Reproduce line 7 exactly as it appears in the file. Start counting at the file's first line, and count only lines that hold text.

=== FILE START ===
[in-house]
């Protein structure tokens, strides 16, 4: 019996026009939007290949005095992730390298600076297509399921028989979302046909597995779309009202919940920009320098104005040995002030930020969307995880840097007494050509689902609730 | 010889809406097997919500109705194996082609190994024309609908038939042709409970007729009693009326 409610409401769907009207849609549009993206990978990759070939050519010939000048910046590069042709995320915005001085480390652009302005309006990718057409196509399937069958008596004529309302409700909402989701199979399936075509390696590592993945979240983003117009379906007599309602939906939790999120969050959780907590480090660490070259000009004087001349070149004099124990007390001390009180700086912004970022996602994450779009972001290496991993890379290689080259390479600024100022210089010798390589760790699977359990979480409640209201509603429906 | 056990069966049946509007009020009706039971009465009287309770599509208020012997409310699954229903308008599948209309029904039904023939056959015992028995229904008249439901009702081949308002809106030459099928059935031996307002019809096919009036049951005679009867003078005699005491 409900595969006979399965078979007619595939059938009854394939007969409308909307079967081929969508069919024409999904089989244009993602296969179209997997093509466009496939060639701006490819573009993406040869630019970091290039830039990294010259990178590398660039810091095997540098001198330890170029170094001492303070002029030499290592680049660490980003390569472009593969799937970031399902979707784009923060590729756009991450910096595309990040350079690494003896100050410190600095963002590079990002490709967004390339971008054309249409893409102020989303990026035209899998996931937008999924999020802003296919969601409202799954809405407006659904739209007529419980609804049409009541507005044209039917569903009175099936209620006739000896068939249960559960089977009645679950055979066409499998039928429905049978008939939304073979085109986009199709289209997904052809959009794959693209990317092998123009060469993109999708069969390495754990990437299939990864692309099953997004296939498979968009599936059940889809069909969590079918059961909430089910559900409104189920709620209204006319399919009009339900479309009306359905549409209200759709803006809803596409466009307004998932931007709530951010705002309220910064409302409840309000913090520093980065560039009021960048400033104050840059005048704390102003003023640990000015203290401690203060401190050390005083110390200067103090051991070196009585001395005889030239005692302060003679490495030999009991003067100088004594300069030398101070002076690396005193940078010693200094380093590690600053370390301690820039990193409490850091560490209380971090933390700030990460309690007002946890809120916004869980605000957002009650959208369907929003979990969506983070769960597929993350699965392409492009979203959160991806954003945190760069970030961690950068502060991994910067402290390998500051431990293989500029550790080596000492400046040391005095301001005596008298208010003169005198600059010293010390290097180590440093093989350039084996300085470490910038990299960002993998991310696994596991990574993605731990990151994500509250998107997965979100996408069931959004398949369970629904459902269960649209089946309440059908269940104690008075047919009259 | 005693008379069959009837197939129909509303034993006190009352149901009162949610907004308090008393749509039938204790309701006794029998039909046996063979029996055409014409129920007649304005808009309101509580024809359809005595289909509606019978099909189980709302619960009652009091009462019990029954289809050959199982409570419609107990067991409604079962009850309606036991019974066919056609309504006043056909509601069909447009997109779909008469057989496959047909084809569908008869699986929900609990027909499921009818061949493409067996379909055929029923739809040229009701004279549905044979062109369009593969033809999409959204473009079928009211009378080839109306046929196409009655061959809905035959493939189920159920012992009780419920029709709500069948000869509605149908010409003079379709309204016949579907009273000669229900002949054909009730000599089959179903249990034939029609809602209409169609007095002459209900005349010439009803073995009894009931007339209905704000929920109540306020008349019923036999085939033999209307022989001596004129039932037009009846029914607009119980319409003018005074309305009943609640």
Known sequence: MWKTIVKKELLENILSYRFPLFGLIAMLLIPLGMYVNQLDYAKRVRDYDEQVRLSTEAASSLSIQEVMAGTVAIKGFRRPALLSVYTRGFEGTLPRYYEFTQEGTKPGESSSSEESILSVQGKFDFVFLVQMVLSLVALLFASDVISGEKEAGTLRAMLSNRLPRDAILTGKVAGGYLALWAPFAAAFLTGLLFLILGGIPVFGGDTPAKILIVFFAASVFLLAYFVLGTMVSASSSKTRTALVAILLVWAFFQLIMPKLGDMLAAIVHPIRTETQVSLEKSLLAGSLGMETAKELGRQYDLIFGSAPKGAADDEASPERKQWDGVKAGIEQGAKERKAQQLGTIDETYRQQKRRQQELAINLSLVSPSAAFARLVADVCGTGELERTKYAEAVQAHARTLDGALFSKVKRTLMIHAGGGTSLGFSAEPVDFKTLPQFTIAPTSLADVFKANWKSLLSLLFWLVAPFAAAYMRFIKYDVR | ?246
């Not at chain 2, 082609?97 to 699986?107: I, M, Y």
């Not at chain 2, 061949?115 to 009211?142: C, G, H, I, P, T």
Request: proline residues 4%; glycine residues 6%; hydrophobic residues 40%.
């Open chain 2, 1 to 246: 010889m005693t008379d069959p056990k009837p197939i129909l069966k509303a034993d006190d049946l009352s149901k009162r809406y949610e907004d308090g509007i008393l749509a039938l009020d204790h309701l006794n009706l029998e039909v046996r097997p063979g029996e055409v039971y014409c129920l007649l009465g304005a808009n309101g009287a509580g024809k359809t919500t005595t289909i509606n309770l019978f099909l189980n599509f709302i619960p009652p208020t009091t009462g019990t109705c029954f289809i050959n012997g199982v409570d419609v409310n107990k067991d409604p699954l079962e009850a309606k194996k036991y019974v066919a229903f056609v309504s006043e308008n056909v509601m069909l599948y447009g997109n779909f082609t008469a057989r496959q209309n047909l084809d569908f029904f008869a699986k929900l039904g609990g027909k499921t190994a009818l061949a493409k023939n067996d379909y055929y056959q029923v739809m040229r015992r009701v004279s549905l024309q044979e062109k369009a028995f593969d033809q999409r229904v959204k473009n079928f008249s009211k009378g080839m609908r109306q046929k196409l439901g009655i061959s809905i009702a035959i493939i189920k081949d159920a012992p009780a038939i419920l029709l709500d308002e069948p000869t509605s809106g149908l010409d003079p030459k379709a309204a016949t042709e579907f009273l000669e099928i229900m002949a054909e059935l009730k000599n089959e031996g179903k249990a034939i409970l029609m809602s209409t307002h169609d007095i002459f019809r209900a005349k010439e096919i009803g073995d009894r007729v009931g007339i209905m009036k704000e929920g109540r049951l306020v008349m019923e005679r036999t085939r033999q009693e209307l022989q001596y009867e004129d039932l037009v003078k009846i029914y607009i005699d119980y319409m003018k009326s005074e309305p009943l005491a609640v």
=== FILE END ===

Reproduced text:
């Open chain 2, 1 to 246: 010889m005693t008379d069959p056990k009837p197939i129909l069966k509303a034993d006190d049946l009352s149901k009162r809406y949610e907004d308090g509007i008393l749509a039938l009020d204790h309701l006794n009706l029998e039909v046996r097997p063979g029996e055409v039971y014409c129920l007649l009465g304005a808009n309101g009287a509580g024809k359809t919500t005595t289909i509606n309770l019978f099909l189980n599509f709302i619960p009652p208020t009091t009462g019990t109705c029954f289809i050959n012997g199982v409570d419609v409310n107990k067991d409604p699954l079962e009850a309606k194996k036991y019974v066919a229903f056609v309504s006043e308008n056909v509601m069909l599948y447009g997109n779909f082609t008469a057989r496959q209309n047909l084809d569908f029904f008869a699986k929900l039904g609990g027909k499921t190994a009818l061949a493409k023939n067996d379909y055929y056959q029923v739809m040229r015992r009701v004279s549905l024309q044979e062109k369009a028995f593969d033809q999409r229904v959204k473009n079928f008249s009211k009378g080839m609908r109306q046929k196409l439901g009655i061959s809905i009702a035959i493939i189920k081949d159920a012992p009780a038939i419920l029709l709500d308002e069948p000869t509605s809106g149908l010409d003079p030459k379709a309204a016949t042709e579907f009273l000669e099928i229900m002949a054909e059935l009730k000599n089959e031996g179903k249990a034939i409970l029609m809602s209409t307002h169609d007095i002459f019809r209900a005349k010439e096919i009803g073995d009894r007729v009931g007339i209905m009036k704000e929920g109540r049951l306020v008349m019923e005679r036999t085939r033999q009693e209307l022989q001596y009867e004129d039932l037009v003078k009846i029914y607009i005699d119980y319409m003018k009326s005074e309305p009943l005491a609640v």